Date of Award
Master of Science in Nursing (MSN)
The focus of this independent research project was to provide a case-study synopsis of what a Midwestern rural hospital did in response to a shortage of anesthesia provider time. Patient populations are growing while the population of anesthesia providers is shrinking. These two variables add up to a major crisis when it comes to patient care. The implementation of Ce1iified Registered Nurse Anesthetists (CRNAs) groups specialized and hired for pmiicular patient populations is one way of assuring that the patient continues to receive expert anesthesia care and can request and receive it in an appropriate amount of time. CRNA groups could also aid anesthesiologists in helping he or she to tend to the daily operating room (OR) needs and the pre-, post-, and intraoperative needs of that patient population. The information in this document will identify the scopes of practice of which the CRNA works under and the education that a CRNA obtains that qualify he or she to perfonn such procedures as regional anesthesia on the laboring patient population. The reader will gain knowledge as to the different types of analgesia and anesthesia available for the laboring patient and how each is done. This synopsis will outline the trends of the shortages of physicians expected in the next five to ten years and common variables that attribute to this fact. An extensive review of such literature fonns and supports the basis of this case study. The paper concludes with recommendations for nursing practice, research, policy, and education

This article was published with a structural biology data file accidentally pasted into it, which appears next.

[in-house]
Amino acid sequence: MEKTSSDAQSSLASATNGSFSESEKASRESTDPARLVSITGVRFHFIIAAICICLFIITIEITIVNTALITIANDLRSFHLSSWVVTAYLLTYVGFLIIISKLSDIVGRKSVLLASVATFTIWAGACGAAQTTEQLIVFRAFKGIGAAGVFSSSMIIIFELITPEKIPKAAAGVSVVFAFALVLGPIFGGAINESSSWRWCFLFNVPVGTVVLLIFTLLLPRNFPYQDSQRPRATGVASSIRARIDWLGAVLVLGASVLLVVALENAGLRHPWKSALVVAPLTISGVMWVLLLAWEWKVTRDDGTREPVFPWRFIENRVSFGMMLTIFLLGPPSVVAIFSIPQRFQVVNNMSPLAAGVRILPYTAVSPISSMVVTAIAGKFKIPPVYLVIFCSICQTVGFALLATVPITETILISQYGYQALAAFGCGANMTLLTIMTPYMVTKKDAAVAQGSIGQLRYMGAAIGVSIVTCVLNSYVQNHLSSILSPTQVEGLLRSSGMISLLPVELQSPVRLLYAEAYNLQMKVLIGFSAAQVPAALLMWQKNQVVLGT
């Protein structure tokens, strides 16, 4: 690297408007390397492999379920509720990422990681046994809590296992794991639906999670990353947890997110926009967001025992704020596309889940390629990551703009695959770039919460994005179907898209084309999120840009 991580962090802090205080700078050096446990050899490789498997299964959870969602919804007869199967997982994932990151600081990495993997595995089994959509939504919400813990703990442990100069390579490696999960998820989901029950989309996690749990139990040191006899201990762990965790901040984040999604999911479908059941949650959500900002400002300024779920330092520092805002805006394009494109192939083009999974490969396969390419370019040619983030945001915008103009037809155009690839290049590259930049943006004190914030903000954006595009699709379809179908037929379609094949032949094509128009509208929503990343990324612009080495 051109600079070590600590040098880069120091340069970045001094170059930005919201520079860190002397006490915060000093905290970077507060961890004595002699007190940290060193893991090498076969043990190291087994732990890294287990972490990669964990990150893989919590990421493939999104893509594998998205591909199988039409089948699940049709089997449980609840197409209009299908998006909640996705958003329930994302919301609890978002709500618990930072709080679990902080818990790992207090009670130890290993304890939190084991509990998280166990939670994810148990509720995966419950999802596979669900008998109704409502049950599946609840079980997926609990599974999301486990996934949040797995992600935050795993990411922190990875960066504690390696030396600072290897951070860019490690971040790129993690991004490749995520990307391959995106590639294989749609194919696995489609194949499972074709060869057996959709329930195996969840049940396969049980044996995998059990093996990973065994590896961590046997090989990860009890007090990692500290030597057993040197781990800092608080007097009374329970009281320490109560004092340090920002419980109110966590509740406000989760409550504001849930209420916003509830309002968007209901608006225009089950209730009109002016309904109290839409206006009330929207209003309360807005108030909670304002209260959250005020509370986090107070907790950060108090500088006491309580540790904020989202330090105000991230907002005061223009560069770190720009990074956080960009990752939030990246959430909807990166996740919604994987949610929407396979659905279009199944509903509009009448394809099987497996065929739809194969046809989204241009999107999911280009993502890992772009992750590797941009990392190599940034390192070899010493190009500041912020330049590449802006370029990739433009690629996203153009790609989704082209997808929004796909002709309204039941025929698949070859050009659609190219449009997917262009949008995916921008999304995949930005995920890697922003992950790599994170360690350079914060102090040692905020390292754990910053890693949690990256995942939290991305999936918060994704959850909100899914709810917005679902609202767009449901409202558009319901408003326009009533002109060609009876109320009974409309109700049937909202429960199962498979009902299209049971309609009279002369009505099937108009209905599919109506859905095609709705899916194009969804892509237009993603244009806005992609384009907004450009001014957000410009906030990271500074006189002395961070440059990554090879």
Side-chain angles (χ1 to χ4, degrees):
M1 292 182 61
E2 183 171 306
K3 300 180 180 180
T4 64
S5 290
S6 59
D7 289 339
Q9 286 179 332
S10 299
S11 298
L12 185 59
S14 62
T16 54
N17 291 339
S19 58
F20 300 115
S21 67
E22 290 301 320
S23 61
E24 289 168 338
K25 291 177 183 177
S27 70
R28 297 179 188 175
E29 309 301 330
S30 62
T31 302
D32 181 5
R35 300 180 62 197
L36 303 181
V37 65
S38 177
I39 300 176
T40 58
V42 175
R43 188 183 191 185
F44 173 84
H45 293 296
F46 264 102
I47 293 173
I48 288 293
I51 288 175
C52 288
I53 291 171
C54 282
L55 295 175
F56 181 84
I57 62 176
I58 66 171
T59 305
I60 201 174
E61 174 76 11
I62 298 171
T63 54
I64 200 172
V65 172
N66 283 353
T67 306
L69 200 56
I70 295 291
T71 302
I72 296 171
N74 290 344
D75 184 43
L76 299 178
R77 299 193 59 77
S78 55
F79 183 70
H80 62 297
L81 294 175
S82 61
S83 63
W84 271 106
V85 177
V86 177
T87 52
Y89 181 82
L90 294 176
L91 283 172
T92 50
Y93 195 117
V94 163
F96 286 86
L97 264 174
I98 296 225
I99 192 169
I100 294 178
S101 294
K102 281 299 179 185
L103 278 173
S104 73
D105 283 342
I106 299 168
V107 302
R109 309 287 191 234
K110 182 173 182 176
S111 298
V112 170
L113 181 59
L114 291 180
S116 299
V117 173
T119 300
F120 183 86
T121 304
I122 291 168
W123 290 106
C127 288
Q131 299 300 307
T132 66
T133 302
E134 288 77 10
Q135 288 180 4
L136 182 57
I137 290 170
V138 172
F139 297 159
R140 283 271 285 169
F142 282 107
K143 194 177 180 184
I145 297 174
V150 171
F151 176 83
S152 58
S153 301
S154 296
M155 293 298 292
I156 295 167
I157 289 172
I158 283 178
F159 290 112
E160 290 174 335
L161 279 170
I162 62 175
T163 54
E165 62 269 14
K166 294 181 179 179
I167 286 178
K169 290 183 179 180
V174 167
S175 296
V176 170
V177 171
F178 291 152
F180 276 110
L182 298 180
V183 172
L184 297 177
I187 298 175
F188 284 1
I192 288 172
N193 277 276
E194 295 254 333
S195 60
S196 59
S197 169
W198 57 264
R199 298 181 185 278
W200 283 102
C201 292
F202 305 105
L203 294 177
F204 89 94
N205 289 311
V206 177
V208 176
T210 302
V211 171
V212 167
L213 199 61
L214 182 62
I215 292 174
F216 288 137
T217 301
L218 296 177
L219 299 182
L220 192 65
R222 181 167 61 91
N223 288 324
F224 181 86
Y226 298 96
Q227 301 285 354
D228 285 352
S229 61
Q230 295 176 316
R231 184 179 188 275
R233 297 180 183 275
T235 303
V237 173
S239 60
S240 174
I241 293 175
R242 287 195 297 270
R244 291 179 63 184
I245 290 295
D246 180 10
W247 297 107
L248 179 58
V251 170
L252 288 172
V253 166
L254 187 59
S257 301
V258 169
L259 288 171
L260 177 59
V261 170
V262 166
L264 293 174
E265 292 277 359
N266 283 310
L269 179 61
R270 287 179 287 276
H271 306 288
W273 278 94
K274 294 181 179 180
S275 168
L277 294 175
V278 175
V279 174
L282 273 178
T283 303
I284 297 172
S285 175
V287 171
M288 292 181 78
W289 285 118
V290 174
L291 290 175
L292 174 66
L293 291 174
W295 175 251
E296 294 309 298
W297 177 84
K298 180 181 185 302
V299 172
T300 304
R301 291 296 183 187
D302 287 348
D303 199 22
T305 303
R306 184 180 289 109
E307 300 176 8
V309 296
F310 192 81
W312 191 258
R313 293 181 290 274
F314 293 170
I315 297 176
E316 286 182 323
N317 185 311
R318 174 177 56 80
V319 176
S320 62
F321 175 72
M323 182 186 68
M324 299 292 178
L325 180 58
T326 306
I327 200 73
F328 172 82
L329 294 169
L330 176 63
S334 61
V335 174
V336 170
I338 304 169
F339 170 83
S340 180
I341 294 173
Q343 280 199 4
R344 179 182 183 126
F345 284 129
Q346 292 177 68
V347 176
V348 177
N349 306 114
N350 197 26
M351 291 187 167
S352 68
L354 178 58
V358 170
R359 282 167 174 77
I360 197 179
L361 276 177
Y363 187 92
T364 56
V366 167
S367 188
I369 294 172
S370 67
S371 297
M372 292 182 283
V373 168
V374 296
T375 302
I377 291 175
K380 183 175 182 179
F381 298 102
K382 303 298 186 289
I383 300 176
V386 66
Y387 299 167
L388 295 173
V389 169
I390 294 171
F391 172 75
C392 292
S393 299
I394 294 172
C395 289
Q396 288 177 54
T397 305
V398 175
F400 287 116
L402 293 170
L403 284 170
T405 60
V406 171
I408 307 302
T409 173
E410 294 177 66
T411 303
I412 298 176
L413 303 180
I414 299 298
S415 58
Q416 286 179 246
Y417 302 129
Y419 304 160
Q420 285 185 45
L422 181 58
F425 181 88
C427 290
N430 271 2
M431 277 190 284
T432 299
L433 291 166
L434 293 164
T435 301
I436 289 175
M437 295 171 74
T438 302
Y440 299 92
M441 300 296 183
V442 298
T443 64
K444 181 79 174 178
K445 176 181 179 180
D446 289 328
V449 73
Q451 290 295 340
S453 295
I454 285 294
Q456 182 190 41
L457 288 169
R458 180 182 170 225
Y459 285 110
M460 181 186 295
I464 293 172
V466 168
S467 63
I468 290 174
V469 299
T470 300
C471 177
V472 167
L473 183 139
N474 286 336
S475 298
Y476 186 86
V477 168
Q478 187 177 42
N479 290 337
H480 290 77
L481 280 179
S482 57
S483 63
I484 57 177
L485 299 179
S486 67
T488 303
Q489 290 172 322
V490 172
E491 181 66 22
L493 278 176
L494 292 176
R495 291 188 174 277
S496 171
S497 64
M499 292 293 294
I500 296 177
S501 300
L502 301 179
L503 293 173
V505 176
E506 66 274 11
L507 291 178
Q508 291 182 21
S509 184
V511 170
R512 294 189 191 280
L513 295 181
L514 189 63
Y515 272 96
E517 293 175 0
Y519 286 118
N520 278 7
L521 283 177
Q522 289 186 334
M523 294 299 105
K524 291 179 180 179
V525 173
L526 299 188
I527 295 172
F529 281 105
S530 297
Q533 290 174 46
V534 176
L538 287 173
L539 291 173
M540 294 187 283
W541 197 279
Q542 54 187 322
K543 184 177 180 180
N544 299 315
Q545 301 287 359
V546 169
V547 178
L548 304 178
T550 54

Schnase-Steier, Daphne D., "The Implementations of a Specialized Nurse Anesthetist Group for the Laboring Patient Population" (2006). Theses and Dissertations. 4874.